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When couples come to me before committing to a life-long partnership or formal marriage, we work on building a solid foundation. An assessment of their strengths and challenges as a couple is part of the process. One of the things to flush out is if there are any dealbreakers the couple has been avoiding.
Deal breakers are different from perpetual problems. In every partnership, there are recurrent problems. According to relationship therapist and Scientist Dr. John Gottman, 69% of conflicts couples have are repetitions based on fundamental differences in personality, lifestyle, or needs. “When choosing a long-term partner, you will inevitably be choosing a particular set of unresolvable problems.” (Dan Wile). If you were with another partner, you would also have unsolvable problems; they would just be different ones. Accept that these conflicts won’t go away and require ongoing compromise. You can learn to create win-win situations so that your needs and your partner’s needs are met as much as possible.
Some examples of common perpetual issues are differences in
- decision making,
- preferred activity level,
- wanting time together versus time apart,
- optimal sexual frequency,
- preferred lovemaking style,
- expressing emotions,
- approaching finances,
- how to approach household chores,
- how to raise children,
- a desire for closeness versus distance to family, and
- preferred lifestyle.
It is usual for a couple to disagree and experience conflicts over those differences. A common misconception is that our partner should change and adopt our way of being. Instead, learn to dialogue about those problems so you can both adapt. If a couple cannot dialogue, they might end up in gridlock conflict. A gridlock conflict tends to take over and rob us of joy and lightness. At that point, couples come to me and ask, “Should it be this hard?”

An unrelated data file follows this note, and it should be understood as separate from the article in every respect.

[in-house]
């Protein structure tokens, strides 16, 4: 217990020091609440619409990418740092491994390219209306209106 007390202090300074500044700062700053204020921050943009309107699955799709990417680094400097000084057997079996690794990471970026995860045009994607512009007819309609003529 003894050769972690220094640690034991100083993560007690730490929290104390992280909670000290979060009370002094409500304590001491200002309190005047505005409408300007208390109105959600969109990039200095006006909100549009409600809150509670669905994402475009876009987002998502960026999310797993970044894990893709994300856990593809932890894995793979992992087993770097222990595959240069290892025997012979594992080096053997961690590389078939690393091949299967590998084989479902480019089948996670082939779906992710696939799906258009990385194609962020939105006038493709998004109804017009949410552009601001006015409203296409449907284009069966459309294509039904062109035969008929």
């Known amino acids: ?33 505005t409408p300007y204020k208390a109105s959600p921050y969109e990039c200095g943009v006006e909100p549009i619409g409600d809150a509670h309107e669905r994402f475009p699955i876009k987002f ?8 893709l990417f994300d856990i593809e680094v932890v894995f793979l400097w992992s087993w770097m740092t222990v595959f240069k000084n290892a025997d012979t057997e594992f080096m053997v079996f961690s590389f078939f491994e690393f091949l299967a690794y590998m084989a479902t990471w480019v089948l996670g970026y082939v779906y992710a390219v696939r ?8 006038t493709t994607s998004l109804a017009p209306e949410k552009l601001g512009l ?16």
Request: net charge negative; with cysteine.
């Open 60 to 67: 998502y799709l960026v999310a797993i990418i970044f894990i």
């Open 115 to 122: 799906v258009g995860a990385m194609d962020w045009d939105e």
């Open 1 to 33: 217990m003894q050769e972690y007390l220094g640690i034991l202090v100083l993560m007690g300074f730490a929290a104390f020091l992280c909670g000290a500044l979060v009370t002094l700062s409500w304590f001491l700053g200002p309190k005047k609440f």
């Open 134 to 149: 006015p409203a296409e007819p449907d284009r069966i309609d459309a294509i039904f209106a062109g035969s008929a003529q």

Any of these perpetual problems could turn into a dealbreaker, depending on how far the couple is apart in their positions and how (un)willing they are to compromise. Other problems can be dealbreakers from the start due to the nature of the problem. However, couples might ignore these dealbreakers without recognizing their impact on their relationship.
Tom wants to get married and have a child, but his girlfriend Lisa is not ready to give up partying, taking drugs and drinking. She is not sure if she wants children. It also turns out she has an addiction problem but is unwilling to address it. So her addiction becomes a dealbreaker for Tom.
Susan and Ellen have lived in the city for five years to be close to Susan’s job. The city is where Susan feels alive. However, due to COVID, her work situation has changed, and Ellen, who thrives on being in nature and loves small towns, finally wants to move out into the country. Susan cannot imagine not living in a vibrant city. Unless they can compromise their living preferences becomes a dealbreaker.
Chris and Peter have different definitions of commitment. Peter wants a monogamous relationship, while Chris wants a polyamorous lifestyle. They have tried to convince each other of their preference for a while, but their positions are clear. They have a dealbreaker.
Christine has supported her husband Pierre financially through debt and unemployment. Her understanding and expectation were that this was a temporary arrangement. However, Pierre is not willing to actively change the situation. His unwillingness to be an equal breadwinner is a dealbreaker for Christine.
In the four cases, the couples ignored the dealbreaker for a while and hoped things would change. Once everybody had put their cards on the table, they had clarity. I don’t tell anybody what they should do, and a couple might still decide to get married or stay together, but they are now doing it with full awareness of the fundamental difference. My job is to flush out the issues and explore with the couple if they are perpetual and workable differences or dealbreakers, which have the power to strain and destroy their partnership because they ultimately make one or both of them unhappy.
If you are wondering whether you are faced with a dealbreaker or a workable problem,
reach out for couples coaching.